Skip to main content

Just you wait

“Beloved, we are God’s children now, and what we will be has not yet appeared; but we know that when he appears we shall be like him, because we shall see him as he is.” (1 John 3:2, ESV)

Every day we need this promise.

Every day we need to know that this isn't everything. We need that assurance in our blessings, we need that assurance in our trials.

In our blessings, we need to know that Christ promised more. Don't fill up on the appetizers, the feast is yet to come.

In our trials, we need to know that we were promised more than suffering. In fact, these dark valleys pale in comparison to the glory to come.

One day we will see Him. One day, we will be like Him.

Just you wait.

Comments

Popular posts from this blog

The New Trilemma

Beknownst to many, I dread the idea of going to a karaoke bar. Unbeknownst to many, I have regular covert karaoke sessions on my commute to work. I drive an SUV with no tint on the windows, which means I'm afforded about as much cover as a fishbowl. Moreover, I possess none of the externally obvious signs that would indicate that I deserve to be rocking out like it's nobody's business (e.g. I don't care what you think musician outfit, “cool” ethnicity, etc.). Therefore I must daily find a way to perform my latest hits without the hundreds of people I see in traffic noticing. So I improvise. At the stop light, if I pull up in between the two cars in the next lane over, neither of them can really tell what I'm doing. Rock on my friend. If I can't hit one of those sweet spots between cars, I might just do every other line ...wishin they was dancin a jig... ciga-cigar right from Cuba-Cu-ba ... They might think they saw something, do a double take, but loo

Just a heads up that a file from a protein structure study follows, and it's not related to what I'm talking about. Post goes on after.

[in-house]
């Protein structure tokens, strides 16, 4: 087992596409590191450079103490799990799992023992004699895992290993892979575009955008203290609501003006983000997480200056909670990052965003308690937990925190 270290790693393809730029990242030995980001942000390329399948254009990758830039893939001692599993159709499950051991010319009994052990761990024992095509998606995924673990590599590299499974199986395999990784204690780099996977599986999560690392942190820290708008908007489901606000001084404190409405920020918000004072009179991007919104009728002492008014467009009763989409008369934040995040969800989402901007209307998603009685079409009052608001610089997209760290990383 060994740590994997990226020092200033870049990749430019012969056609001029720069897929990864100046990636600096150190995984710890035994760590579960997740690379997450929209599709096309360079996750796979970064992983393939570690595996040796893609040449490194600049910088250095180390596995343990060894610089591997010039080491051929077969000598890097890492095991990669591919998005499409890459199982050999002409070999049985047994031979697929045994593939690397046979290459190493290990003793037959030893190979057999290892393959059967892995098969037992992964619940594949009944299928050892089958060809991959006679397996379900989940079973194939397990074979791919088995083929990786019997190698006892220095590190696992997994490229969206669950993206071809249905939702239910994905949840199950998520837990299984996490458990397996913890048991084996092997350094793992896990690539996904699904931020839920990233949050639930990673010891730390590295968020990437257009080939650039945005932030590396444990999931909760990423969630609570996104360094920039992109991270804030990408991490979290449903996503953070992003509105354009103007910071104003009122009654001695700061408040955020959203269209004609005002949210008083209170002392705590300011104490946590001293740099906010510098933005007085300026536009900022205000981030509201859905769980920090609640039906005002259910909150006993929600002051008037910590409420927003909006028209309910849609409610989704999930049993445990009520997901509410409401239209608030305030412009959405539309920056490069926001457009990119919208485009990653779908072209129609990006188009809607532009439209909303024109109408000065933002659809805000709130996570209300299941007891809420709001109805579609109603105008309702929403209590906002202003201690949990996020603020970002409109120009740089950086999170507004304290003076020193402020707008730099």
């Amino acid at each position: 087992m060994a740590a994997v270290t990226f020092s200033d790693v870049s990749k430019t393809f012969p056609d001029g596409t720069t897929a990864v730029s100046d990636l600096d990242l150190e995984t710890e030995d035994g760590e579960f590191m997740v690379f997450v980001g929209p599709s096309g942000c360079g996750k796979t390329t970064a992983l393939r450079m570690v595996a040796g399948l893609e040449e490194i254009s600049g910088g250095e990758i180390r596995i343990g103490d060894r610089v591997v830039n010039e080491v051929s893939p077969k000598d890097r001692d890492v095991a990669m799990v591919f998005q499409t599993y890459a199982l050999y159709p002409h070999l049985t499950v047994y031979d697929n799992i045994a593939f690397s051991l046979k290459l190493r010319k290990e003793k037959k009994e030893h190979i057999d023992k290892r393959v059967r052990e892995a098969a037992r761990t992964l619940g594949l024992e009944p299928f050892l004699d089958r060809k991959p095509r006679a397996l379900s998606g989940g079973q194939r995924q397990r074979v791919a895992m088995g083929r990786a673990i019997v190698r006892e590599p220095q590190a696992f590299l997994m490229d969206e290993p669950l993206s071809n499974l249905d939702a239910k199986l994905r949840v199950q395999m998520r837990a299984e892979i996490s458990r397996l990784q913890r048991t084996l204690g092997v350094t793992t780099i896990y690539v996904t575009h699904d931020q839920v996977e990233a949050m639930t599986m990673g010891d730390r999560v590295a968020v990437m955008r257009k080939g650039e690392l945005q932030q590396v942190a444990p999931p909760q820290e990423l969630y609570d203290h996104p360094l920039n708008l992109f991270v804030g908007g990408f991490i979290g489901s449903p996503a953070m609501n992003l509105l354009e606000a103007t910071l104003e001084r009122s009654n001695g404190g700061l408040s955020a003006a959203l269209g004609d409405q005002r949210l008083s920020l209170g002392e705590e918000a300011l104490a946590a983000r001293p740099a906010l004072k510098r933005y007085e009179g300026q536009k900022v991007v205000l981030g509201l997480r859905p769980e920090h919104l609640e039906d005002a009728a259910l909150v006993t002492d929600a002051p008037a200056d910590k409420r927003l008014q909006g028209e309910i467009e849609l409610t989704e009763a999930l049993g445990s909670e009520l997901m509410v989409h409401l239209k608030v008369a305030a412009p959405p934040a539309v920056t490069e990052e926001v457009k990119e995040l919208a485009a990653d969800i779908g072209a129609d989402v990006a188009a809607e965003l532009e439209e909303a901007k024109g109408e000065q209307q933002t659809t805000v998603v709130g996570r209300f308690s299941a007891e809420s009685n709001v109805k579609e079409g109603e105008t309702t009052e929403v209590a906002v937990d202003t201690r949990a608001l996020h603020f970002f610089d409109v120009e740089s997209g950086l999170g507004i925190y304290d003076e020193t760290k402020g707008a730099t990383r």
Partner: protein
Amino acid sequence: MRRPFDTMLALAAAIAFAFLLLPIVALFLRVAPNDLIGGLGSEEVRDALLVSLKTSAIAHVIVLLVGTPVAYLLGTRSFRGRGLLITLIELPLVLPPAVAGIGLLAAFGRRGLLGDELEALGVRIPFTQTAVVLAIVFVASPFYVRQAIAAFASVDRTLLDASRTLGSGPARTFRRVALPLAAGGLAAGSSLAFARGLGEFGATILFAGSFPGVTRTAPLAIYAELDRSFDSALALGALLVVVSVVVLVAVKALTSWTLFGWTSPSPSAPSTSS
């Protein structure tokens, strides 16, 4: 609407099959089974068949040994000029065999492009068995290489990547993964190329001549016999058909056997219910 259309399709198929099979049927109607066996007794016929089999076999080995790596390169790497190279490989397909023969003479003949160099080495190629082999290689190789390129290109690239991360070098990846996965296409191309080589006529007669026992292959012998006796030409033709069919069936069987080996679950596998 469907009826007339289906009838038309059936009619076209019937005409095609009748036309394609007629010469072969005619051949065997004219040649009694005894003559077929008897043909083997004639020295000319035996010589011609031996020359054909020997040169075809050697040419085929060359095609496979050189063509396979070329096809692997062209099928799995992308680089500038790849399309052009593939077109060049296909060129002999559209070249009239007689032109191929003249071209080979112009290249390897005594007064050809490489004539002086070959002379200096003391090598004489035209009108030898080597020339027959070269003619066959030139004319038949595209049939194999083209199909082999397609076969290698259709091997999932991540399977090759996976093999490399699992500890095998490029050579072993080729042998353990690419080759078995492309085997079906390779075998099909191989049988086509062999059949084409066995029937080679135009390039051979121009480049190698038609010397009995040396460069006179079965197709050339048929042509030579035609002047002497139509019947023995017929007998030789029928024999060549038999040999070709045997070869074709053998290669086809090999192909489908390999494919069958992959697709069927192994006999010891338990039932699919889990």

What's preaching worth?

In some areas of the world, Christians still risk their lives and/or possessions for their faith. They fear angry mobs who will burn their churches, vigilantes who will punish them for believing and authorities who will either aid the locals or persecute the Christians themselves. For these Christians, church is not a social function. Church is a risk to life and livelihood. For the preacher, he risks not just his own life but he also endangers those who come to listen. For this preacher, every sermon must be worth prison, every sermon must be worth provoking the wrath of this world. He must ask himself every time, "Is this worth my life? Is this worth my congregation's life?" Why should our sermons be any different? I fear no angry mob, does it mean my sermons can be cheap? I fear no persecution, so does that mean I can spend my time giving anecdotes instead of the word of God? Just being called to be heralds of the king should sober and embolden us on its own. But rec

Finding God in an Orange

So I'm eating this orange. This juicy, delicious, liquid ball of orange juice. And I can't help but ask: Why? Why should this fantastic piece of fruit taste so good? Why doesn't it taste completely ordinary and bland? Why doesn't it taste boring and gritty, like a mouthful of the dirt from which it sprang? You could answer that this orange has developed its appealing taste because that taste helps it to get eaten by animals, have its seeds spread far and wide and grow lots of other orange trees. Okay, fine. I'm glad you got that out of your system. But how about this: That orange is one more proof that God made a creation that is delightful. And even though money still doesn't grow on trees, guess what? This stuff does. A creation that is beautiful, and not just a creation that is useful. Take sunsets too. When was the last time you sat down and watched the sun set? Maybe you could care less. Maybe you're too busy. Maybe you have a hard tim